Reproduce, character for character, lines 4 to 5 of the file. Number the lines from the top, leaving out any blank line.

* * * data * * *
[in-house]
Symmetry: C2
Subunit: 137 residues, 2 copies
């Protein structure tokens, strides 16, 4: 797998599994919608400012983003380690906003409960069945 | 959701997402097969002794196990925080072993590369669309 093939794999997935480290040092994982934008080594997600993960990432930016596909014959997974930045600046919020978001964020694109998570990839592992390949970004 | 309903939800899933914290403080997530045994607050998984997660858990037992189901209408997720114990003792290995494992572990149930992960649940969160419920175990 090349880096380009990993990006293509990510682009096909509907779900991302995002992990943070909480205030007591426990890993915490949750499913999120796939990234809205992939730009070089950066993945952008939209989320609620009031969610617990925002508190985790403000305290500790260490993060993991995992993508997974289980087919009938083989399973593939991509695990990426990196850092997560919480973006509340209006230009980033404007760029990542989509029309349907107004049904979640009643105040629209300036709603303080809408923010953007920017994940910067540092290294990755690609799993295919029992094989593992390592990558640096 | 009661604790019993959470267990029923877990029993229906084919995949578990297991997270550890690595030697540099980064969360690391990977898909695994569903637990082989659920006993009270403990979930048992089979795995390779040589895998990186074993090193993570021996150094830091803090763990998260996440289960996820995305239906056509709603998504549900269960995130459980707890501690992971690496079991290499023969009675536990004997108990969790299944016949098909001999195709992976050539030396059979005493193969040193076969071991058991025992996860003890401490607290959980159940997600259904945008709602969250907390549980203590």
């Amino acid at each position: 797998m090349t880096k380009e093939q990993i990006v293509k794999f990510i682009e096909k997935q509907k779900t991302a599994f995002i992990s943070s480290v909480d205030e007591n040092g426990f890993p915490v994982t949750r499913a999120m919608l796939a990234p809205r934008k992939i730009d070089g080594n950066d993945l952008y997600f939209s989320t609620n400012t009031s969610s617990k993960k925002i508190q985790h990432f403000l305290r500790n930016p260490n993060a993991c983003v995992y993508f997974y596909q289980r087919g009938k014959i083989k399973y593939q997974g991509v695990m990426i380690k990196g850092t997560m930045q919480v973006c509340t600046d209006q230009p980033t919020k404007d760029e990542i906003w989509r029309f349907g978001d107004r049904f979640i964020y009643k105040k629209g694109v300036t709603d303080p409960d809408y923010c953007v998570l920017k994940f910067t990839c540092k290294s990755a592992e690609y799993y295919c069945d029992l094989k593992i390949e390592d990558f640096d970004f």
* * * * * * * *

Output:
């Protein structure tokens, strides 16, 4: 797998599994919608400012983003380690906003409960069945 | 959701997402097969002794196990925080072993590369669309 093939794999997935480290040092994982934008080594997600993960990432930016596909014959997974930045600046919020978001964020694109998570990839592992390949970004 | 309903939800899933914290403080997530045994607050998984997660858990037992189901209408997720114990003792290995494992572990149930992960649940969160419920175990 090349880096380009990993990006293509990510682009096909509907779900991302995002992990943070909480205030007591426990890993915490949750499913999120796939990234809205992939730009070089950066993945952008939209989320609620009031969610617990925002508190985790403000305290500790260490993060993991995992993508997974289980087919009938083989399973593939991509695990990426990196850092997560919480973006509340209006230009980033404007760029990542989509029309349907107004049904979640009643105040629209300036709603303080809408923010953007920017994940910067540092290294990755690609799993295919029992094989593992390592990558640096 | 009661604790019993959470267990029923877990029993229906084919995949578990297991997270550890690595030697540099980064969360690391990977898909695994569903637990082989659920006993009270403990979930048992089979795995390779040589895998990186074993090193993570021996150094830091803090763990998260996440289960996820995305239906056509709603998504549900269960995130459980707890501690992971690496079991290499023969009675536990004997108990969790299944016949098909001999195709992976050539030396059979005493193969040193076969071991058991025992996860003890401490607290959980159940997600259904945008709602969250907390549980203590």
């Amino acid at each position: 797998m090349t880096k380009e093939q990993i990006v293509k794999f990510i682009e096909k997935q509907k779900t991302a599994f995002i992990s943070s480290v909480d205030e007591n040092g426990f890993p915490v994982t949750r499913a999120m919608l796939a990234p809205r934008k992939i730009d070089g080594n950066d993945l952008y997600f939209s989320t609620n400012t009031s969610s617990k993960k925002i508190q985790h990432f403000l305290r500790n930016p260490n993060a993991c983003v995992y993508f997974y596909q289980r087919g009938k014959i083989k399973y593939q997974g991509v695990m990426i380690k990196g850092t997560m930045q919480v973006c509340t600046d209006q230009p980033t919020k404007d760029e990542i906003w989509r029309f349907g978001d107004r049904f979640i964020y009643k105040k629209g694109v300036t709603d303080p409960d809408y923010c953007v998570l920017k994940f910067t990839c540092k290294s990755a592992e690609y799993y295919c069945d029992l094989k593992i390949e390592d990558f640096d970004f």